In Father Damien, Robert Louis Stevenson comes to the defence of Fr Damien de Veuster, now St Damien of Molokai. Fr Damien’s life and death amongst the lepers of Molokai is one of the better known examples of practical Christianity. Although not an obvious target of criticism, Fr Damien was sharply criticised by a Presbyterian minister who dismissed his life’s work and condemned him for converting people to Catholicism. Robert Louis Stevenson was, although also Presbyterian, fascinated by Fr Damien and his work, having visited him in Hawaii, and published an open letter fiercely defending him and his ministry from these allegations.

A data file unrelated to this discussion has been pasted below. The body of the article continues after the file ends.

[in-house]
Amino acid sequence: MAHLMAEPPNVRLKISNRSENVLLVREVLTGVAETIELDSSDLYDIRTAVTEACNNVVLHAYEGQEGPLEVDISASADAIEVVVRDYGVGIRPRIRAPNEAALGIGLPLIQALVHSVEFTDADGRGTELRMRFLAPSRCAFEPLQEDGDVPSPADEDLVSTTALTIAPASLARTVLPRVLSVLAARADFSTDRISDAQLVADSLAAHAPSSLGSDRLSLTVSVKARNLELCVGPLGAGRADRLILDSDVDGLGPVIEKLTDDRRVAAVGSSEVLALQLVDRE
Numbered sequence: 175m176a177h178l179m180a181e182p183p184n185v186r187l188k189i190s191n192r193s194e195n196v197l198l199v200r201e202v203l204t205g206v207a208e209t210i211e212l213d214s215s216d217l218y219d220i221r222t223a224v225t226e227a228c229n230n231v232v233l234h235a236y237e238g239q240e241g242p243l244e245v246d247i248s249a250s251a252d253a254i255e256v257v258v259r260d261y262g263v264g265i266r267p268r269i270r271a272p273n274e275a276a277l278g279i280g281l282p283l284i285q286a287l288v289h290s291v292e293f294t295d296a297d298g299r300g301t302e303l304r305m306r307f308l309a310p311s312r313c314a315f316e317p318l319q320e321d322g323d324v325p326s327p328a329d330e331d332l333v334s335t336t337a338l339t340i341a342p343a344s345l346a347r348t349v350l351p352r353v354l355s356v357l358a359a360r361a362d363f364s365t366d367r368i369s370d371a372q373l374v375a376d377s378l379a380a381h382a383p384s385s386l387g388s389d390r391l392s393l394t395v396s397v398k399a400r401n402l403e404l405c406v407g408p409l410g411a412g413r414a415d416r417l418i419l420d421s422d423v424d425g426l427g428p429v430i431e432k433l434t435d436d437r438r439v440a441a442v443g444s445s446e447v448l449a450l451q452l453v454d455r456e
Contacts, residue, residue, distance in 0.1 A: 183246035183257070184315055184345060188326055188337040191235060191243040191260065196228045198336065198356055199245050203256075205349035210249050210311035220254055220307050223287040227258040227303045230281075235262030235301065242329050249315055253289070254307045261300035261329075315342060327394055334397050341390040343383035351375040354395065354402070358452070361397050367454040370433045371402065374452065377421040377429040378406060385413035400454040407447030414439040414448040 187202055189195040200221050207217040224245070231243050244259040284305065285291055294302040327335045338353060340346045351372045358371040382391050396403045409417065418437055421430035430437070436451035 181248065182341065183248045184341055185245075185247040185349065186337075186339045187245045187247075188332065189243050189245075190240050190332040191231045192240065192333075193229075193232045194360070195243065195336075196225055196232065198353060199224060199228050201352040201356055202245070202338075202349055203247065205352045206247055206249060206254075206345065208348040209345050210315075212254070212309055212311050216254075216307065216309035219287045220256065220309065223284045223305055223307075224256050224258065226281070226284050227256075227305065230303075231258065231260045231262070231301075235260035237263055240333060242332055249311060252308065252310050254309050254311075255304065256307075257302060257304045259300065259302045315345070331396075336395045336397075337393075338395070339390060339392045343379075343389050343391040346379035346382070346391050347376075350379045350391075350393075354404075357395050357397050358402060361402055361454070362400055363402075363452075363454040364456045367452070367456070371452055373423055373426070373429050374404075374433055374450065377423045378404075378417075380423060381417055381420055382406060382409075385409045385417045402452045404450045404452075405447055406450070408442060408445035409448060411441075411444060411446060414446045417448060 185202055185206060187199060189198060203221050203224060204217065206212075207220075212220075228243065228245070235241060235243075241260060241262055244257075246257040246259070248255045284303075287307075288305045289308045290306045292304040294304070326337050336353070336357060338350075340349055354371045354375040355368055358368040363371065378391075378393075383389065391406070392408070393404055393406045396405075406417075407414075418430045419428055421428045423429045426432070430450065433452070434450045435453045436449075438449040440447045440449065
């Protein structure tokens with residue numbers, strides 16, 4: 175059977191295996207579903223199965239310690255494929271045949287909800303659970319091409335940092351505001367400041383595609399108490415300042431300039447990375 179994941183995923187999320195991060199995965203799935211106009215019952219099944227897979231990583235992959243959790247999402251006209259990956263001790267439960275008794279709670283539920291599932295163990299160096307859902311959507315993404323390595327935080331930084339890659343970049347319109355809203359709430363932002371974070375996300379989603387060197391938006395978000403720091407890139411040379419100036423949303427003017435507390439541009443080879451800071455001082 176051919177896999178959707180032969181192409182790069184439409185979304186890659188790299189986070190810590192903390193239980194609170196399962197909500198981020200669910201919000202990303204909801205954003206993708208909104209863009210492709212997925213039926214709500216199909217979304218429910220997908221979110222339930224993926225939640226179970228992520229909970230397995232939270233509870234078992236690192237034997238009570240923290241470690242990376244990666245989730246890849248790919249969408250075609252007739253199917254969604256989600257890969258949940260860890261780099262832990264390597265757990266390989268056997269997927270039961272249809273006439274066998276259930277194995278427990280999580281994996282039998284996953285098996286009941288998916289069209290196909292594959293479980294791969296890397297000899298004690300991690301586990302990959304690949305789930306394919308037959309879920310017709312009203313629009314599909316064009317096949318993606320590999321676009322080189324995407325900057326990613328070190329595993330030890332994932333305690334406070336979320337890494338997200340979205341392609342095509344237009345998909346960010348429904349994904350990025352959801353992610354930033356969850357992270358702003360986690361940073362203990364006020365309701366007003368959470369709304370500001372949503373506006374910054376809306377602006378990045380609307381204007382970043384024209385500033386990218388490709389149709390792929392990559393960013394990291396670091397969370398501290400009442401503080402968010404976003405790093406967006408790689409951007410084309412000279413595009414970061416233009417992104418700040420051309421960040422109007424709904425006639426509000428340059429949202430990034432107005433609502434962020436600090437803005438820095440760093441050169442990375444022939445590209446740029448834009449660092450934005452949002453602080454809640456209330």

In Where All Roads Lead, GK Chesterton argues for the necessity of the Catholic Church and converted to Catholicism at a time when the Catholic Church was greatly misunderstood. Upon his own conversion, he realised many of his preconceptions were wrong and set out to address such misunderstandings. Chesterton cautions against allowing one’s preconceptions to go unexamined. Many of the ideas are drawn from the thought of his friend Hilaire Belloc and then presented in Chesterton’s characteristic paradoxical style.
Brought together in this special anniversary text, these two great literary figures came to the defence of the Church, writing at around the same time but from different perspectives. Taken together, the two texts combine to defend the twin essentials of Catholicism: faith and action.